Former Director of Nursing Sues Iowa Care Facility Over Understaffing and Unsafe Conditions

Posted on behalf of Jeff Pitman on June 18, 2024 in Nursing Home Abuse

Stephanie Schlegelmilch has filed a lawsuit against her former employer, Avoca Specialty Care facility in Pottawattamie County, Iowa. She was employed as the director of nursing at this facility. In her lawsuit, Schlegelmilch alleges Avoca broke state and federal laws by admitting residents to the facility despite ongoing issues with understaffing and other unsafe conditions. The lawsuit also names Care Initiatives of West Des Moines, which owns Avoca Specialty Care.

Schlegelmilch Raised Concerns About Understaffing

Schlegelmilch began working at Avoca Specialty Care in April of 2023. Early on, she observed a policy of forcing residents to live at facilities with a lack of space or staff to provide proper care.

The former director of nursing claims in the lawsuit that she raised concerns about these unsafe conditions with corporate officials between April and December of last year. She alleges that these conversations did not cause officials to change their practices. Care Initiatives continued to send people to live at Avoca despite continue staffing shortages.

Schlegelmilch says Care Initiatives’ regional nurse visited Avoca in November 2023 in the middle of an outbreak of COVID-19. However, she did not wear personal protective equipment. Schlegelmilch confronted the nurse, resulting in disciplinary action for insubordination. Just 10 days after this incident, Care Initiatives fired her.

While employed by the facility, Schlegelmilch alleges she was required to work excessive hours as a floor nurse, leaving her little time for administrative duties. When she attempted to have years’ worth of medical records electronically scanned to comply with federal regulations, the company refused to provide the necessary assistance.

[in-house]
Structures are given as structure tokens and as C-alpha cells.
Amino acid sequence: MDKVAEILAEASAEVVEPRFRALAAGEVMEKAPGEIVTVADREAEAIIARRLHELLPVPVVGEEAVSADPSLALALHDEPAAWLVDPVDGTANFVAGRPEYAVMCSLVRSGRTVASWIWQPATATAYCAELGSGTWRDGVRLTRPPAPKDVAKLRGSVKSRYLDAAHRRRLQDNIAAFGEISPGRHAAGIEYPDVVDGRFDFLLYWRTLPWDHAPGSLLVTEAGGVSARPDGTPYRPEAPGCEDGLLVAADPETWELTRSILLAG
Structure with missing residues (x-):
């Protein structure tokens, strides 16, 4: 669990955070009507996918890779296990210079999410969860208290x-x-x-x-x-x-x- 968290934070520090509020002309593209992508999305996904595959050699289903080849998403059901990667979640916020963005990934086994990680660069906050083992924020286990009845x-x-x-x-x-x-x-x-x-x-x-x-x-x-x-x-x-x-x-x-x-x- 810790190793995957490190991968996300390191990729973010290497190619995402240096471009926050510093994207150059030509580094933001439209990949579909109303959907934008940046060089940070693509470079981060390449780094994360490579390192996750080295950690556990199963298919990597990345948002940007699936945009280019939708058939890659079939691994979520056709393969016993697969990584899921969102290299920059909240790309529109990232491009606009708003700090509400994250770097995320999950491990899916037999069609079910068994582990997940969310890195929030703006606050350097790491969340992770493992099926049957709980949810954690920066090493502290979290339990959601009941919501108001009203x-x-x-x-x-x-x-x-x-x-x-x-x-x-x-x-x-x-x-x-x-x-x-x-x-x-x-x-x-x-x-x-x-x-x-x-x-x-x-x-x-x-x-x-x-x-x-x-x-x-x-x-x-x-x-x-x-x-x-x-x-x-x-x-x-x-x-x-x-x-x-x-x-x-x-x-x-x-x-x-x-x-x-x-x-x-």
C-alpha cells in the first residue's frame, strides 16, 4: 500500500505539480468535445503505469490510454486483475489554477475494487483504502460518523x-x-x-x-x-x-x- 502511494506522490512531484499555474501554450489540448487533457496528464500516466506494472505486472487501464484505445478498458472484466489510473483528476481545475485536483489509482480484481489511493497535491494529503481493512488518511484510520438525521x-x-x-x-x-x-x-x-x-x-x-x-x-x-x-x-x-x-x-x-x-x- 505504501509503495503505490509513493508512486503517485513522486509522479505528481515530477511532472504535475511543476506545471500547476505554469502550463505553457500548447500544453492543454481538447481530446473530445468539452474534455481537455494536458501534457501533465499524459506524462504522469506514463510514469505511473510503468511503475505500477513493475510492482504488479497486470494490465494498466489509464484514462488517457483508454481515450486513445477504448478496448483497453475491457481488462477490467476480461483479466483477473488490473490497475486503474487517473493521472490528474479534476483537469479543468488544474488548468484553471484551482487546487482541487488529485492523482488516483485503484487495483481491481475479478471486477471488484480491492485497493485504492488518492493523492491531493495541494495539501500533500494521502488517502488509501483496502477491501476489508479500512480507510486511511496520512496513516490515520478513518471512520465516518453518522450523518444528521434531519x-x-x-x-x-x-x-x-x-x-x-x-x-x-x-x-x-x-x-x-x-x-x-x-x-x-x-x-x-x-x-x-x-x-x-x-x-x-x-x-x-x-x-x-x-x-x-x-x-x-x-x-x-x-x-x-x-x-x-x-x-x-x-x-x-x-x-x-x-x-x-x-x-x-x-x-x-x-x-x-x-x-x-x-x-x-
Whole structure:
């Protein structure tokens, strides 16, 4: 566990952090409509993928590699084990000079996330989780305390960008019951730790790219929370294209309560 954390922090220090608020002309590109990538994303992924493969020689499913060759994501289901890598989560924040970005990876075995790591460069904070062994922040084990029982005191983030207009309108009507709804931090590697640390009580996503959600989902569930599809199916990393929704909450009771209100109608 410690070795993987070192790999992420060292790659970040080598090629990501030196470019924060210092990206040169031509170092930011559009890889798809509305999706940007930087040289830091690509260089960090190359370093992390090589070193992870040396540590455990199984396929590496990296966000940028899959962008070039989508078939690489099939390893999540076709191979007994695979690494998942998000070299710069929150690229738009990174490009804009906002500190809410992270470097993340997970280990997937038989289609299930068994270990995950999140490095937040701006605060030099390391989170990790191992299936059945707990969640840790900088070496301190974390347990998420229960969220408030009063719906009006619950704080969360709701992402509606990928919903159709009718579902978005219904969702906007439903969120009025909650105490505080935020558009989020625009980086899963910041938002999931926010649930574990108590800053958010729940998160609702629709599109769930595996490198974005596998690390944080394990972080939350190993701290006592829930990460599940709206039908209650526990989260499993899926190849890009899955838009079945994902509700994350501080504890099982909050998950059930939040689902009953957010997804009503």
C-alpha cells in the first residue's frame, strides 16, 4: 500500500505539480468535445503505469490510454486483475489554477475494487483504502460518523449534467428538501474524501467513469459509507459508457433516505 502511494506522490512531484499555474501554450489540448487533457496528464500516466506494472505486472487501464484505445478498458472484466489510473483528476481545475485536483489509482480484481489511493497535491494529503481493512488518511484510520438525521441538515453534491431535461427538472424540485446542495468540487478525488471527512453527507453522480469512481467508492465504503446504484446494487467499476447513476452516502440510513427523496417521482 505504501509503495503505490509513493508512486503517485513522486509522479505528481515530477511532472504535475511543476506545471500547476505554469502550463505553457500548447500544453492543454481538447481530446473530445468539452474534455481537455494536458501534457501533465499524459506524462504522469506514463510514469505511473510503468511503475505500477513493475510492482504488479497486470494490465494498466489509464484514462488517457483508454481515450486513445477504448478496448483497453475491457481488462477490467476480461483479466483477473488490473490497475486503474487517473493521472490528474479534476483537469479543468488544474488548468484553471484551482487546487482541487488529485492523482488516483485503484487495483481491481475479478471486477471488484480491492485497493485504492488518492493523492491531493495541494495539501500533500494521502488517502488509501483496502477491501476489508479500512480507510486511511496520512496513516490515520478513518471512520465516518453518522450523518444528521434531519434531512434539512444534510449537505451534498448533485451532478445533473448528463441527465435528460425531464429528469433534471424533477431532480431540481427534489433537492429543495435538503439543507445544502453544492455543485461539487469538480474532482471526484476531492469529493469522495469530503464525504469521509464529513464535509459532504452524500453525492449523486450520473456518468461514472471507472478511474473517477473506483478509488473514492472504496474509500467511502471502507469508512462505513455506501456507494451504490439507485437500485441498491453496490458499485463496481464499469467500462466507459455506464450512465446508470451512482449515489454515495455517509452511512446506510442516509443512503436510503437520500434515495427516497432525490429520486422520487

The lawsuit against the facility and Care Initiatives is seeking damages for violating the Iowa Wage Payment Collection Act and Fair Labor Standards Act. Care Initiatives has not yet responded to the lawsuit.

Staffing Dilemma in Iowa Nursing Homes

In the 2023 fiscal year, state officials cited 14 percent of Iowa’s nursing homes for being understaffed. The national average of facilities being cited for understaffing is just 5.9 percent. There are just five states that have a worse history of not complying with staffing regulations: Hawaii, Oregon, New Mexico, Montana and Michigan.

Care Initiatives facilities have consistently had problems with understaffing. Ravenwood Specialty Care had 19 complaints in 2022 alone. State inspectors discovered there was one part of the dementia unit that did not have any staff.

During one visit to the facility, inspectors noted that a resident sat by a nurses’ station waiting for assistance. Eventually the assistant director of nursing came to the station, where the inspector told her the wing was not staffed. The assistant director said it was a problem and then walked away.

Seeking Legal Assistance for Nursing Home Neglect? Call PKSD

At PKSD, we are dedicated to upholding the rights of elderly individuals at nursing homes and long-term care facilities.

If your loved one was injured due to understaffing at a nursing home in Iowa, New Mexico or Wisconsin, our experienced nursing home abuse lawyers are prepared to help. Our law firm has secured millions for victims of nursing home neglect, and there are no upfront costs to hire our services.

Call today to request a FREE consultation: 414-333-3333.

Back to top